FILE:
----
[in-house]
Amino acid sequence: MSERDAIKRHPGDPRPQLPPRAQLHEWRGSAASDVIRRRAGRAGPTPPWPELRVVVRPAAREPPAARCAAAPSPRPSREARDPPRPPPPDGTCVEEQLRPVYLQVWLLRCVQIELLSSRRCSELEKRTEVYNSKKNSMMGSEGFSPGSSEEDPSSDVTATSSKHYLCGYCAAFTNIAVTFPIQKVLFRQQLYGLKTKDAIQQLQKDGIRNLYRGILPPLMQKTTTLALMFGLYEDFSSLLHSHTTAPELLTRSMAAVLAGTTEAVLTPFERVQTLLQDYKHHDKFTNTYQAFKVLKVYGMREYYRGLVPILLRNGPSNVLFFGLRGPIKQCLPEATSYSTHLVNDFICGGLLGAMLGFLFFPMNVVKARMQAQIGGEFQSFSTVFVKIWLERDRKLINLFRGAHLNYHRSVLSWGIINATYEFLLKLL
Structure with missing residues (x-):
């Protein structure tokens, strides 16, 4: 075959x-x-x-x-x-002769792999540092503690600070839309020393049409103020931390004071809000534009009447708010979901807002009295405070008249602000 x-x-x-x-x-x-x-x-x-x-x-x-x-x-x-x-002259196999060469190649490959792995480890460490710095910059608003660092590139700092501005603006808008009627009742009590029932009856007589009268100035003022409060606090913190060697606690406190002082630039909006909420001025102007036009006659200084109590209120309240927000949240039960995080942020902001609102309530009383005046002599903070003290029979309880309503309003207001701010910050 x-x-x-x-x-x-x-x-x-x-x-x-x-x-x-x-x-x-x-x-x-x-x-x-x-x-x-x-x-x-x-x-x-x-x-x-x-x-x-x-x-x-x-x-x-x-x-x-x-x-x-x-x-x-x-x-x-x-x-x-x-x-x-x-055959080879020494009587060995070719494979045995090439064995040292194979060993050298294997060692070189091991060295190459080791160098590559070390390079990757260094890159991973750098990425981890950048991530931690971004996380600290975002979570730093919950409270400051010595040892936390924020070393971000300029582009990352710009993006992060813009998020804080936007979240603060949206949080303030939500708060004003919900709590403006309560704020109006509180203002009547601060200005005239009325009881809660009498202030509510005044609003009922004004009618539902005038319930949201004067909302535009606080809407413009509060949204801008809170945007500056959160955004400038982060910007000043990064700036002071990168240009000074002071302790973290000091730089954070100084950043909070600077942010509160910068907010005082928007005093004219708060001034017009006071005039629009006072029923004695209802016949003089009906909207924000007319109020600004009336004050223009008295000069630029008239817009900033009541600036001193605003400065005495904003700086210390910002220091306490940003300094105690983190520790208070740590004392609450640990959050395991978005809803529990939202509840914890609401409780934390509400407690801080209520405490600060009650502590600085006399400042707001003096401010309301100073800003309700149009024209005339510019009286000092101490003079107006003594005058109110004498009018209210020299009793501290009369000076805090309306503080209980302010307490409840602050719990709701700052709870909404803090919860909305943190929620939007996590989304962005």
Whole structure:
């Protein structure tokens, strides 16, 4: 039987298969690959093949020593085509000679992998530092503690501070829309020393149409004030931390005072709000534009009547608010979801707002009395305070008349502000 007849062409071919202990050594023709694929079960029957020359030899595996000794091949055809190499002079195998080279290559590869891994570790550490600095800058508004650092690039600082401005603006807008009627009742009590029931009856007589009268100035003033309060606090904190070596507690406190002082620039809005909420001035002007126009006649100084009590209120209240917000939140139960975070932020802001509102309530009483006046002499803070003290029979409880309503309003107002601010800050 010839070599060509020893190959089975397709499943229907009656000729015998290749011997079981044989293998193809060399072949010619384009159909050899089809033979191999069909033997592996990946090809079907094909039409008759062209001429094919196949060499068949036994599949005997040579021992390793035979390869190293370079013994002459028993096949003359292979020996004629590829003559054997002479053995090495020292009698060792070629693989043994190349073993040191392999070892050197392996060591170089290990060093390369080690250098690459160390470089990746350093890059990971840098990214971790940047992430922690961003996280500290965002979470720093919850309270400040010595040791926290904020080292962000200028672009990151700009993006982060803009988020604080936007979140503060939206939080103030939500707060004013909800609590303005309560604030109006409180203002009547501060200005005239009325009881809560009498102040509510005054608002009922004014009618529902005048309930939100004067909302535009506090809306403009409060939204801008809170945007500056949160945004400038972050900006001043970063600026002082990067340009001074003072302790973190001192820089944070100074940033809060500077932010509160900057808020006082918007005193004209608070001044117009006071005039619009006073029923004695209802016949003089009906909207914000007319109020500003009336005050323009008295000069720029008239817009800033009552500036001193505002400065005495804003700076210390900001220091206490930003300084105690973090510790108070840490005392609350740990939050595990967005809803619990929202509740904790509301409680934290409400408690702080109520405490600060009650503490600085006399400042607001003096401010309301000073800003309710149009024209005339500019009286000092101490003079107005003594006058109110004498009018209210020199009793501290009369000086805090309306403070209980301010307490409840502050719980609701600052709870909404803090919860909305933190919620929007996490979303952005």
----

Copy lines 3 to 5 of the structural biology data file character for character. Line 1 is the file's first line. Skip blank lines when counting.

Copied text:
Structure with missing residues (x-):
């Protein structure tokens, strides 16, 4: 075959x-x-x-x-x-002769792999540092503690600070839309020393049409103020931390004071809000534009009447708010979901807002009295405070008249602000 x-x-x-x-x-x-x-x-x-x-x-x-x-x-x-x-002259196999060469190649490959792995480890460490710095910059608003660092590139700092501005603006808008009627009742009590029932009856007589009268100035003022409060606090913190060697606690406190002082630039909006909420001025102007036009006659200084109590209120309240927000949240039960995080942020902001609102309530009383005046002599903070003290029979309880309503309003207001701010910050 x-x-x-x-x-x-x-x-x-x-x-x-x-x-x-x-x-x-x-x-x-x-x-x-x-x-x-x-x-x-x-x-x-x-x-x-x-x-x-x-x-x-x-x-x-x-x-x-x-x-x-x-x-x-x-x-x-x-x-x-x-x-x-x-055959080879020494009587060995070719494979045995090439064995040292194979060993050298294997060692070189091991060295190459080791160098590559070390390079990757260094890159991973750098990425981890950048991530931690971004996380600290975002979570730093919950409270400051010595040892936390924020070393971000300029582009990352710009993006992060813009998020804080936007979240603060949206949080303030939500708060004003919900709590403006309560704020109006509180203002009547601060200005005239009325009881809660009498202030509510005044609003009922004004009618539902005038319930949201004067909302535009606080809407413009509060949204801008809170945007500056959160955004400038982060910007000043990064700036002071990168240009000074002071302790973290000091730089954070100084950043909070600077942010509160910068907010005082928007005093004219708060001034017009006071005039629009006072029923004695209802016949003089009906909207924000007319109020600004009336004050223009008295000069630029008239817009900033009541600036001193605003400065005495904003700086210390910002220091306490940003300094105690983190520790208070740590004392609450640990959050395991978005809803529990939202509840914890609401409780934390509400407690801080209520405490600060009650502590600085006399400042707001003096401010309301100073800003309700149009024209005339510019009286000092101490003079107006003594005058109110004498009018209210020299009793501290009369000076805090309306503080209980302010307490409840602050719990709701700052709870909404803090919860909305943190929620939007996590989304962005």
Whole structure: